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Media, ethics, and journalism. What works. What doesn't.


Jeffrey Dvorkin

Friday, December 24, 2010

WikiLeaks and the End of Privacy

There wasn't much left to be protected anyway in a 24/7 online media world.

Every tweet, blogpost, and facebook comment is continually data mined by groups looking to sense cultural trends, voter intentions and commercial possibilities. And those are just the more benign snoops.

Intelligence gathering proceeds rapidly and even as the most powerful algorithm search engines are working to detect suspicious cyber-chatter in order to forestall the next round of terrorism.

Which leads me to wonder what possible benefits could be found in Julian Assange's exercise in narcissistic voyeurism, known as WikiLeaks. Not much so far, apparently.

While I'm all in favor of accountability, the sheer nakedness and egotism of the WikiLeaks culture is astonishing. Media organizations clearly found the prospect of a peek behind the diplomatic curtain to be irresistible. But resist it, they should have, in order to save us from more pointless and politically minimal revelations.

What WikiLeaks has accomplished is hard to discern. It has made American policy analysis appear more sensible and smart than many could have imagined. If WikiLeaks thought that these cables would undermine US foreign policy, it has had quite the opposite effect. Over time, the content of these cables may be more useful for historians, but for journalists today, not so much.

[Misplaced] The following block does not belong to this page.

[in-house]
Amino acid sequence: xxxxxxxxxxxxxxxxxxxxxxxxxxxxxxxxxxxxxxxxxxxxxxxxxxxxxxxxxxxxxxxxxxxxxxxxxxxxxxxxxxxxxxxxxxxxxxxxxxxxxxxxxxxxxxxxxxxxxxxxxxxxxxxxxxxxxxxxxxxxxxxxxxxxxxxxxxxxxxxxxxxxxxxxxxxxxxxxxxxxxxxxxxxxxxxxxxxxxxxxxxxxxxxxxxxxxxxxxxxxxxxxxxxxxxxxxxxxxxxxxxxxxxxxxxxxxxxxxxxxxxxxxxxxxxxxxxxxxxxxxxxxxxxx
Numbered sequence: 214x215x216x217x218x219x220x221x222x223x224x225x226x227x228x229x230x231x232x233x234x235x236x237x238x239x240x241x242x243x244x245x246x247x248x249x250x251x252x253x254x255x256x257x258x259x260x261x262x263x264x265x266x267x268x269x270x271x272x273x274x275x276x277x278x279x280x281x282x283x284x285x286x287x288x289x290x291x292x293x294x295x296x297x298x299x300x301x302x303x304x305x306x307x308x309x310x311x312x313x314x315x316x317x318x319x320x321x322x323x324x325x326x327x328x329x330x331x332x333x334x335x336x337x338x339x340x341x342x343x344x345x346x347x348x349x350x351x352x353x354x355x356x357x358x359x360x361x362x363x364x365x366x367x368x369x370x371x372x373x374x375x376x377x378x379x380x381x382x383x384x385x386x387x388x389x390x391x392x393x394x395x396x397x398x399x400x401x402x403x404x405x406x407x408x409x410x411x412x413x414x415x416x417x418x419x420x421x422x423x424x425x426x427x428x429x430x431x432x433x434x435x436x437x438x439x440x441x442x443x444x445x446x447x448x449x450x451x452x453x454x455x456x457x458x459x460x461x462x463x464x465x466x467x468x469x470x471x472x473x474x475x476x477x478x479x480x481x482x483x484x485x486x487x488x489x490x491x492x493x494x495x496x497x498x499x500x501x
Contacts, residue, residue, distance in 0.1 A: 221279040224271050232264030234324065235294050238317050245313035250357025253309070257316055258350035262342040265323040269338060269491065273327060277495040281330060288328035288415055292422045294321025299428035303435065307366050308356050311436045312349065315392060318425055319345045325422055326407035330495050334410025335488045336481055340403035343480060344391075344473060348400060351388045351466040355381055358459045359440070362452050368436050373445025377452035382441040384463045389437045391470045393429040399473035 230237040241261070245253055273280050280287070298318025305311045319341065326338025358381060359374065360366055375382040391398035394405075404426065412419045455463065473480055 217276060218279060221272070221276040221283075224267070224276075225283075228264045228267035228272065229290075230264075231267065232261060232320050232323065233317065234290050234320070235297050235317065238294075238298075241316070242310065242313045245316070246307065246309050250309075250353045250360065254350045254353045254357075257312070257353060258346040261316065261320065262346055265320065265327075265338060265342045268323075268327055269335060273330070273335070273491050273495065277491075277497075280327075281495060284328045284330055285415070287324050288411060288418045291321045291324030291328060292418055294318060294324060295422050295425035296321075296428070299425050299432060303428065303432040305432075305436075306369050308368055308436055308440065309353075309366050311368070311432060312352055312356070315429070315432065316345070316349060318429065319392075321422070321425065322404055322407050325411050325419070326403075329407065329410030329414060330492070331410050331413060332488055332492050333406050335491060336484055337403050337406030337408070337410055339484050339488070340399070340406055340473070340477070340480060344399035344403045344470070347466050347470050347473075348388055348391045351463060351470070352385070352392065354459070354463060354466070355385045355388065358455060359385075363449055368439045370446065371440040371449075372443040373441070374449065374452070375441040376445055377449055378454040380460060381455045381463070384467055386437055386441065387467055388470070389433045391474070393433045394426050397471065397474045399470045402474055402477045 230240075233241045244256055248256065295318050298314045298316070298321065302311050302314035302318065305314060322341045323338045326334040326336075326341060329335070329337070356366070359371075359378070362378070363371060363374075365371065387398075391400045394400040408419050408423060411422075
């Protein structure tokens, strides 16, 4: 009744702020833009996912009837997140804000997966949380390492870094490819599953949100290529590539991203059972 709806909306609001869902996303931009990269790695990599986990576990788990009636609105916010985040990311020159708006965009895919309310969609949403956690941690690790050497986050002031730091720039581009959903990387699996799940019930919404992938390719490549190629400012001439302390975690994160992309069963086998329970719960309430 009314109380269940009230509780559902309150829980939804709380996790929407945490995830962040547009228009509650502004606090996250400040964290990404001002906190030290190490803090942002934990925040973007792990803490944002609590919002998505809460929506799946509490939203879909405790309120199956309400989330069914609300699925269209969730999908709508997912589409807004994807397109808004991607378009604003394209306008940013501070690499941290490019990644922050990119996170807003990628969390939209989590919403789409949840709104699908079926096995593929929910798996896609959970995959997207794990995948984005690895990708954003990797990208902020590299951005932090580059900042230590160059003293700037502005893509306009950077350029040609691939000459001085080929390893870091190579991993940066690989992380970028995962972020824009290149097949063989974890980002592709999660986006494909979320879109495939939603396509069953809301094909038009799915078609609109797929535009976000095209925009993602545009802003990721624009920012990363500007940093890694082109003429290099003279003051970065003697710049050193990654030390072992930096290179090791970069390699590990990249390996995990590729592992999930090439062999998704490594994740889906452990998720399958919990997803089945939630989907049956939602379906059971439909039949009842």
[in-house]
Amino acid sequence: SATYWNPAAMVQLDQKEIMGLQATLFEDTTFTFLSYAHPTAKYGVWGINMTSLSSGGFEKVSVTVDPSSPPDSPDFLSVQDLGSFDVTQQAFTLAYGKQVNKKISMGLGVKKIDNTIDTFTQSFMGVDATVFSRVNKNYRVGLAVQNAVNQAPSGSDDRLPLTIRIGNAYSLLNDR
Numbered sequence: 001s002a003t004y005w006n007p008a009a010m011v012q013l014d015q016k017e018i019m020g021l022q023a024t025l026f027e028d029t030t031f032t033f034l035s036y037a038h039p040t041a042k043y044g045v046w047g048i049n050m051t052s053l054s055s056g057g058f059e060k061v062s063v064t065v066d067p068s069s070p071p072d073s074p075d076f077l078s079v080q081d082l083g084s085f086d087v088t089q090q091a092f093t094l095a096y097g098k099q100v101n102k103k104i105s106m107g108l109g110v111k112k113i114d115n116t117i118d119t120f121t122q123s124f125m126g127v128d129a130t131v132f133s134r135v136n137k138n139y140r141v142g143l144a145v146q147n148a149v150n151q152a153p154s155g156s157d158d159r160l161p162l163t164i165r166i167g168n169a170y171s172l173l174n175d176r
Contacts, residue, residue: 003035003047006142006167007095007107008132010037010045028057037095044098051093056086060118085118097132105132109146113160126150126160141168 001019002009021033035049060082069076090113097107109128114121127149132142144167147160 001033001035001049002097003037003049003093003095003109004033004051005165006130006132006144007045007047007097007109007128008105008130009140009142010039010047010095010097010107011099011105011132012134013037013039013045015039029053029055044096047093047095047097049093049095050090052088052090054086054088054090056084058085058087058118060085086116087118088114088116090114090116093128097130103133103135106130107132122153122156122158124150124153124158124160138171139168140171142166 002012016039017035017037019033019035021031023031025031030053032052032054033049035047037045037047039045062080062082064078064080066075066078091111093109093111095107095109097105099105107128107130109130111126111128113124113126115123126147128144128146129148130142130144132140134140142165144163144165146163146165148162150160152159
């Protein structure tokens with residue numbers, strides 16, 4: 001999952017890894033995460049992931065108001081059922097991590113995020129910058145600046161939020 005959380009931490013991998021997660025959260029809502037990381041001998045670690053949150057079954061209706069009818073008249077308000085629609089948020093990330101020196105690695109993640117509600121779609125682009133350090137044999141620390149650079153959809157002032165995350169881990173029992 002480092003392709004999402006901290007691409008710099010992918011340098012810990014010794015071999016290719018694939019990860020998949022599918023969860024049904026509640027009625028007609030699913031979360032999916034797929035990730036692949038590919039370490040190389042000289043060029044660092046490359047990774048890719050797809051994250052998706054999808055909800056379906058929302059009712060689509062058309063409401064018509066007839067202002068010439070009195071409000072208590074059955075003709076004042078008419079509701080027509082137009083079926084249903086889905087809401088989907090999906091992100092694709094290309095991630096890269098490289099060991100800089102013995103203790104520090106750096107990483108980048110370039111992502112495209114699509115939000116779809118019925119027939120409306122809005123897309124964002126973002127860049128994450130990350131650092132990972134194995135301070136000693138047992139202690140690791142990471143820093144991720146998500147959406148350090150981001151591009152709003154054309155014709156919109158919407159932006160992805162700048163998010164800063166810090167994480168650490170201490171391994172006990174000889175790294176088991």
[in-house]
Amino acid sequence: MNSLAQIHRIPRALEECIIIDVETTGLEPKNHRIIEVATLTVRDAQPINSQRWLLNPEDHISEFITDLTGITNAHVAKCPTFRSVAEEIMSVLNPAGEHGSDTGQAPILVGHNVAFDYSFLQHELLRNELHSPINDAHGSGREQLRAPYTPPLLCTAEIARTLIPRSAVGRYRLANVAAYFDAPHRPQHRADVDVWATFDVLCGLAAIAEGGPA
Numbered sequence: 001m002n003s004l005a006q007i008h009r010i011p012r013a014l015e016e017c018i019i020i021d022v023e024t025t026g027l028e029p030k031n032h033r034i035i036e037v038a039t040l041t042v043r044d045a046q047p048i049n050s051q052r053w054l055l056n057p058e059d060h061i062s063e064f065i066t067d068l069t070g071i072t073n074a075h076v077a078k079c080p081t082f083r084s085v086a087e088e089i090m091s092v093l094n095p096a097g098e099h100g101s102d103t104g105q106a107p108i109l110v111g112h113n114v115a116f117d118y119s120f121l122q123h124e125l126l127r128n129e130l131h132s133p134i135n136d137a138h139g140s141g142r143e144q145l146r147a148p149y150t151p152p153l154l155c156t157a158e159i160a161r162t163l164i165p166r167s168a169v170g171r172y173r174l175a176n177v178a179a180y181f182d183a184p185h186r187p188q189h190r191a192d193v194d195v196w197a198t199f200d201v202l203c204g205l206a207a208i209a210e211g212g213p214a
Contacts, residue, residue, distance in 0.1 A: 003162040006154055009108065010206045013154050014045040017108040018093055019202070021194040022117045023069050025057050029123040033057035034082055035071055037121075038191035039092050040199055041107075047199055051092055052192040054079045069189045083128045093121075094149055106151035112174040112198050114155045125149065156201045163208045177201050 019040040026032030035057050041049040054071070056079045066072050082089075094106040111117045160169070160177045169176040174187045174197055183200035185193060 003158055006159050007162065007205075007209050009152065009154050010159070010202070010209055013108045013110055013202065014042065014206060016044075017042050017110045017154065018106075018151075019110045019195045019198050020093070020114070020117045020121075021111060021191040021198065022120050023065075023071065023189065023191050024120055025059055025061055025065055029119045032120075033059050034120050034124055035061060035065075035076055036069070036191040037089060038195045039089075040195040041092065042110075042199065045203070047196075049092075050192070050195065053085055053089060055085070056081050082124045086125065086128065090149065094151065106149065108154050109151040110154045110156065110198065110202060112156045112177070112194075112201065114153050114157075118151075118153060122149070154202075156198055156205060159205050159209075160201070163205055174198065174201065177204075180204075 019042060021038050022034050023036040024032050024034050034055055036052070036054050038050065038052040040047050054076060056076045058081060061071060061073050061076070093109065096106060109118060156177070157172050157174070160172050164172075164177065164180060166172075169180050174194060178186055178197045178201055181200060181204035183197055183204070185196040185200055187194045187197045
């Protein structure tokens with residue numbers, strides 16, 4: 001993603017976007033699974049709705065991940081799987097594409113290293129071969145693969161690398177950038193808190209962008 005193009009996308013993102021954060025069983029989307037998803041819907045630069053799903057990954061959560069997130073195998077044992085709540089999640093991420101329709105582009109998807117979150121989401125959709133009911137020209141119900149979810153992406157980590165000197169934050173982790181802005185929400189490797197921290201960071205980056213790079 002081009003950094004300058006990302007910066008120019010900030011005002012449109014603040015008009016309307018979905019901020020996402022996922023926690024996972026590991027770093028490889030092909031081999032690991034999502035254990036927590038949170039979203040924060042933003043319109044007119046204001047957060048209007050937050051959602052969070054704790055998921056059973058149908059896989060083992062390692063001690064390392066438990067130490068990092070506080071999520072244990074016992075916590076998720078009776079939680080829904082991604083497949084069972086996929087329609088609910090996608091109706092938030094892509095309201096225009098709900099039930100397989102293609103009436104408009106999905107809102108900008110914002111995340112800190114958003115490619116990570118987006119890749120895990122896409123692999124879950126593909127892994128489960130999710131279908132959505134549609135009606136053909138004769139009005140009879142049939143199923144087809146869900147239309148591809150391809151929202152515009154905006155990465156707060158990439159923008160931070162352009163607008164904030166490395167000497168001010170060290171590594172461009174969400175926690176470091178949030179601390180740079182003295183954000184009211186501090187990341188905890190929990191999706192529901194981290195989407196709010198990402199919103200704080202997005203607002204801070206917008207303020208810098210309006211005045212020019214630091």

Unfortunately, WikiLeaks has been able to embolden others who feel that any authority may now be fair game. It wouldn't surprise me if the anarchist bombers in Rome found some form of indirect encouragement in the WikiLeaks cables. I'm sure that someone in that nutty group surmised: If releasing a few thousands documents might destabilize government policy, think what a couple of parcel bombs could do.

In the end, the ability of journalism to do a fair job of finding out what decisions get made, who makes them and the consequences of those choices has been set back considerably. Governments like secrecy. Journalists oppose it. But secrets, exposed or contained, still need a measure of accountability. Is a secret worth exposing? And if not, why not? WikiLeaks hasn't answered that and neither have the First Amendment fundamentalists.

And if the US Government (which is more accountable than most) is now considered to be
a legitimate target for cyber-warriors, what about the rest of us?  None of us should feel confident that WikiLeaks has the interests of ordinary citizens in mind.

That should cause us all a few more sleepless nights.

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